The city of Berkeley announced an affordable housing plan Jan. 9 for first-time and low-income homebuyers in order to help alleviate Berkeley’s housing crisis.
According to a city press release, the units are specifically available for first-time homebuyers whose income is no more than $79,360 or $99,120 a year, depending on the type of unit. Individuals who meet the two major requirements and are interested in housing are encouraged to apply with the property owner, Bloom Berkeley, by 5 p.m. on Feb. 6.
There are 11 more units in the 41-unit complex, located on San Pablo Avenue. Bloom Berkeley will be hosting an open house Jan. 24.
“The project was approved by the Zoning Adjustments Board in June 2007,” said Stefan Elgstrand, spokesperson for Berkeley Mayor Jesse Arreguín. “Under state law, 20% of the base units need to be set aside for below-market rate, which is why the project has six units set aside at this level.”
The application calls for the submission of a number of documents, including a pre-approval letter containing the highest loan the homebuyer would need from a lender. Applicants will then be placed in a lottery, however, this placement will not guarantee an approved application.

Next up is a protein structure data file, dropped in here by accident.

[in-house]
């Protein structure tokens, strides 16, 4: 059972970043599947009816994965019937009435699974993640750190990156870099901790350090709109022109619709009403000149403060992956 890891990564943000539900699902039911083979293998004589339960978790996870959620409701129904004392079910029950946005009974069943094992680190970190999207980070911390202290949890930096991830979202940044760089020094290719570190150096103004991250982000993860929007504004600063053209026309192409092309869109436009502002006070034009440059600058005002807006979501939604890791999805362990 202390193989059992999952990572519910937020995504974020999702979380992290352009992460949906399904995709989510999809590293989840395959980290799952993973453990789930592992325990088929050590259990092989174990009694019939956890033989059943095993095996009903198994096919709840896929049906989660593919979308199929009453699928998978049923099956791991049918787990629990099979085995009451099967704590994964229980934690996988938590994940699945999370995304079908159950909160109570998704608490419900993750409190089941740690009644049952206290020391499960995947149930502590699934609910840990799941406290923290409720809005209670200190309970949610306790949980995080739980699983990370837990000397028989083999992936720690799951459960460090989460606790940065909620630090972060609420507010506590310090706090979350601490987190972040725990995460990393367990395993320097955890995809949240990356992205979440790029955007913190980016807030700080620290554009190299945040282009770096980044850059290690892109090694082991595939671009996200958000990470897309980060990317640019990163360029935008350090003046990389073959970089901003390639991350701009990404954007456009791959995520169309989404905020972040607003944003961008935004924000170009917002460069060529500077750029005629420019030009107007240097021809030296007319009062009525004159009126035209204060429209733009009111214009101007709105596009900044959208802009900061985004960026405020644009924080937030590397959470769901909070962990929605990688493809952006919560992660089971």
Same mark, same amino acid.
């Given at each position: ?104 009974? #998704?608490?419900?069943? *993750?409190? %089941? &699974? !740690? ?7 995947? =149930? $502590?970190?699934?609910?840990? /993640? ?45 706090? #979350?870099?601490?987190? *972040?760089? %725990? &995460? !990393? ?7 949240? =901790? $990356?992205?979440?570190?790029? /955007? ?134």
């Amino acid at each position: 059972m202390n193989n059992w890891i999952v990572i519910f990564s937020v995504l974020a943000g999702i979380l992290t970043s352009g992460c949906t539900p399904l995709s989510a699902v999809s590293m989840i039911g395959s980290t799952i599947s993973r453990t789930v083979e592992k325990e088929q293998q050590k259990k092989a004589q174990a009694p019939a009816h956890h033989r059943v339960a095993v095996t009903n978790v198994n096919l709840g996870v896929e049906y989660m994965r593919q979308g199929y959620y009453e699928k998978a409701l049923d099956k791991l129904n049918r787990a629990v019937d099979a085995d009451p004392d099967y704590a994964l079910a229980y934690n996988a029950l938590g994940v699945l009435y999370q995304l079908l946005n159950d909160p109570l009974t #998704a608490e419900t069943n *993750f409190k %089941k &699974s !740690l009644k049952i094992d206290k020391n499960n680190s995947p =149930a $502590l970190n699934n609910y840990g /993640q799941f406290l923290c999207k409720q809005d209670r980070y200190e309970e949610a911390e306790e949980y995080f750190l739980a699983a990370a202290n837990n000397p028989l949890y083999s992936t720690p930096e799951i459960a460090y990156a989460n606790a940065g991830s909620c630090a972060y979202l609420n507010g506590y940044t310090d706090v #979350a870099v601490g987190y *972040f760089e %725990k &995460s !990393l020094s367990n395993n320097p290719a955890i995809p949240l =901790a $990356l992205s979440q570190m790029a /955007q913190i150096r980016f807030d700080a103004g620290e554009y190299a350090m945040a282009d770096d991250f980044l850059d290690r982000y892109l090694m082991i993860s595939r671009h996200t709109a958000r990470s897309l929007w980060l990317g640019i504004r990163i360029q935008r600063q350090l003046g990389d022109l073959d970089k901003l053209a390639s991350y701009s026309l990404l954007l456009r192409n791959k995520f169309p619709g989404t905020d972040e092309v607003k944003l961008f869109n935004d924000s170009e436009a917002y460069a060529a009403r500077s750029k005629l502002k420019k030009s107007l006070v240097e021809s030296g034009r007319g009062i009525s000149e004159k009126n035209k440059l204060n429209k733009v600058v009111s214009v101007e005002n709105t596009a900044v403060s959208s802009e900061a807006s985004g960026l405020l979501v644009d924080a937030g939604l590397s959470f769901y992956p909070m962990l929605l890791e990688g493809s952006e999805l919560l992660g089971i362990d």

According to the press release, applicants who live or work in Berkeley will be given preference in the lottery.
The units were created through a city of Berkeley law, which utilizes large market-rate development to fund the units. The city notes on its website that the policy known as “inclusionary housing” helps contribute to more affordable housing in Berkeley.
Developers’ decisions on whether to build condos or apartments in Berkeley will determine if the city will be able to offer more affordable homes to those in need, according to city spokesperson Matthai Chakko.
“In addition to inclusionary rental and condo housing, the City helps nonprofit developers build affordable housing,” Chakko said in an email.
Arreguín addressed the housing crisis in a blog post from August 2019 and announced the approval of Measure O — a $135 million general obligation bond that will subsidize the construction of affordable housing.
According to Chakko, one such project is the Grayson Street apartment complex, which is located right across the street from Bloom Berkeley. The city has also implemented a loan system for low-income seniors and disabled homeowners for repairing or modifying their homes.
“Given the extreme housing crisis facing the entire Bay Area, we’re looking for as many ways as possible to increase affordable housing in Berkeley,” said Berkeley City Manager Dee Williams-Ridley in the city press release. “We’re excited that this opportunity also increases the pool of home ownership.”